THINGS I LIKE: Tempura

HISTORY: Tempura, the technique of  dipping fish and vegetables into batter and deep frying them, which we associate with Japanese cuisine, was introduced into Japan by the Portuguese. In the 16th century, the Catholic country Portugal opened trade routes with Japan. On Catholic holy days, when eating meat was forbidden to the Portugese traders, they ate deep fried shrimp. Because these holy days came four times a year, they were known, in Latin, as "QuattorTempora" (Four Seasons or Times). The Japanese adapted the Portugese technique for frying foods,  perfected it over time and the Latin word for "time" (tempora) eventually became the Japanese word, "Tempura". In todays Tempura, beef, chicken, and vegetables, as well as shrimp are dipped into a light batter and fried.

COOKING TIP: (Scientific backround): All recipes for Tempura require some wheat flour mixed with a liquid, usually water. Mixing water with flour causes the formation of gluten, a protein in wheat that gives baked goods their structure and elasticity. However, too much gluten formation makes for a very chewy and tough dough. Further, the more the flour and water mixture is stirred, the more gluten is formed. With this knowledge as  PROLOGUE, the steps for preparing Tempura follow with TIPS for avoiding excess gluten formation in the batter.

RECIPE

Vegetable oil
Shrimp and mixed vegetables, cut into, bite sized pieces
1 1/2 C all purpose flour
1 1/2 C corn starch*  (or rice flour*)
1 C cheap, 80 proof vodka**
1 C seltzer***
Salt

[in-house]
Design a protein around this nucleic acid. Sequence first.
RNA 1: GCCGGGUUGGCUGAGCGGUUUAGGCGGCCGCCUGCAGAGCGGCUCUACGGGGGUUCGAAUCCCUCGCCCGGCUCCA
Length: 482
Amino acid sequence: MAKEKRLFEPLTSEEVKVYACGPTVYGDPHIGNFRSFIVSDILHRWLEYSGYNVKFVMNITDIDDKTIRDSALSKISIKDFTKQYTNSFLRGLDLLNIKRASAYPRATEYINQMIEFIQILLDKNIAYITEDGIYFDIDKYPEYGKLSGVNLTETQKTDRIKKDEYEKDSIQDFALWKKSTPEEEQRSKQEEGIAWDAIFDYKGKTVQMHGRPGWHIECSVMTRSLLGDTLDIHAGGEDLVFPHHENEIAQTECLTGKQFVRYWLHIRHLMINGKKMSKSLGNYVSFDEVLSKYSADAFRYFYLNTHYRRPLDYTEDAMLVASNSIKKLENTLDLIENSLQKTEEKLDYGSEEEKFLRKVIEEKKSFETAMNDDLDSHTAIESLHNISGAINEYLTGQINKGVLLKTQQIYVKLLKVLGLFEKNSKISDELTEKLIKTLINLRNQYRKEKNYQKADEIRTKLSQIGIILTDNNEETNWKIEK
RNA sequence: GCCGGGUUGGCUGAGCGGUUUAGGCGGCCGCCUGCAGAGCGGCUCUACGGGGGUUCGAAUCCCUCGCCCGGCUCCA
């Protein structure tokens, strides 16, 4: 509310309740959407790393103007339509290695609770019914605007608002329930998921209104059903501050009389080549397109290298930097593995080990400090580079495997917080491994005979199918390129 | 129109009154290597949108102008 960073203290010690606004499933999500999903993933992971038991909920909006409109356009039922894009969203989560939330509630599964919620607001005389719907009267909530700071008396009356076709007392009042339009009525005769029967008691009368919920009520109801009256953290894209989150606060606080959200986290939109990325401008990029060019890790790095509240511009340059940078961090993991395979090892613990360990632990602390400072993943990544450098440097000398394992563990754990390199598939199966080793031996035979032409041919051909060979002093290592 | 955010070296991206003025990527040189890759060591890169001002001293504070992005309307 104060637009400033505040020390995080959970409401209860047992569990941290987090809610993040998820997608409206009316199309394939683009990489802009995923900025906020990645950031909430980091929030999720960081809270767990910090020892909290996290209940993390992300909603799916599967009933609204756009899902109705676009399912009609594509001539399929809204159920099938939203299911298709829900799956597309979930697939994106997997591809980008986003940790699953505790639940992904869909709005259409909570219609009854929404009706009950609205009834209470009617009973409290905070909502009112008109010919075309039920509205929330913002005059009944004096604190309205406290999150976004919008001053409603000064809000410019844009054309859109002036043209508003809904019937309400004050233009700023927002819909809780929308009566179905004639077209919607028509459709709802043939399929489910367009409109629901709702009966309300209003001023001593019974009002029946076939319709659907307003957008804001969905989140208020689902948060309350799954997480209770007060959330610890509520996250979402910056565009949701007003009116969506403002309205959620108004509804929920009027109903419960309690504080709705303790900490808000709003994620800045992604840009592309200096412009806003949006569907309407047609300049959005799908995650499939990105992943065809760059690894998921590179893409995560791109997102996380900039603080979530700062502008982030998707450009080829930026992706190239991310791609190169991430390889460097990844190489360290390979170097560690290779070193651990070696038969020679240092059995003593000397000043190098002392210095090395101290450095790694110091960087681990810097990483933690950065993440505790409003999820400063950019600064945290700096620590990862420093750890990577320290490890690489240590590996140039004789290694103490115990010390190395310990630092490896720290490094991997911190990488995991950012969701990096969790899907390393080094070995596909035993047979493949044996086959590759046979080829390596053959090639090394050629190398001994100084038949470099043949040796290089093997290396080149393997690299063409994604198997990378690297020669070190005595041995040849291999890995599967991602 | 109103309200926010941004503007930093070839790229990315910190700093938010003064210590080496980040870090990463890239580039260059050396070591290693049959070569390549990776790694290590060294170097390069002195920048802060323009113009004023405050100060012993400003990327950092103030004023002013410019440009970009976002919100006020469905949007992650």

Heat 3-4 inches of vegetable oil in a Dutch oven until a temperature of 400F is reached on a candy  thermometer.

Whisk flour and corn starch together in a bowl. Mix vodka and seltzer in another bowl.

When proper temperature is reached in the Dutch oven, pour wet mixture into dry ingredients and mix, GENTLY, only until just combined. A few small lumps are OK.

Dip ingredients into batter with tongs, allowing the excess to drip back into bowl. Gently "drop" into hot oil with a motion going from the front of the Dutch oven to the rear, to avoid splashing hot oil on yourself. The temperature of the oil may drop a few degrees.

Fry, with stirring, until light golden brown, 2-3 minutes.

Remove with slotted spoon, place on paper towels to absorb excess oil and sprinkle with salt.

Return oil to proper heat and repeat until all ingredients are cooked. Serve immediately or keep hot in a 200F oven until service.

Serve with soy-ginger dipping sauce : 1/2 C soy sauce, 1/4 C rice wine vinegar, 2 Tbsp grated ginger, 2 tsp chopped scallion, 2 cloves minced garlic, 2 tsp sugar and 1 tsp dark sesame oil.

* Corn starch and rice flour  DO NOT contain gluten so they can substitute for half of of the wheat flour and reduce the amount of gluten formation in the batter.

** 80 proof vodka, which is  60% water and 40% alcohol, can provide the proper amount of liquid to form the batter but with less of the liquid being water. Thus, the amount of gluten formation is reduced even further. The alcohol will evaporate when the food is fried.

***Seltzer's "bubbles" lighten the batter which produces a thin, crispy coating on the fried ingredients. Beer or any other carbonated liquid can be used, as well.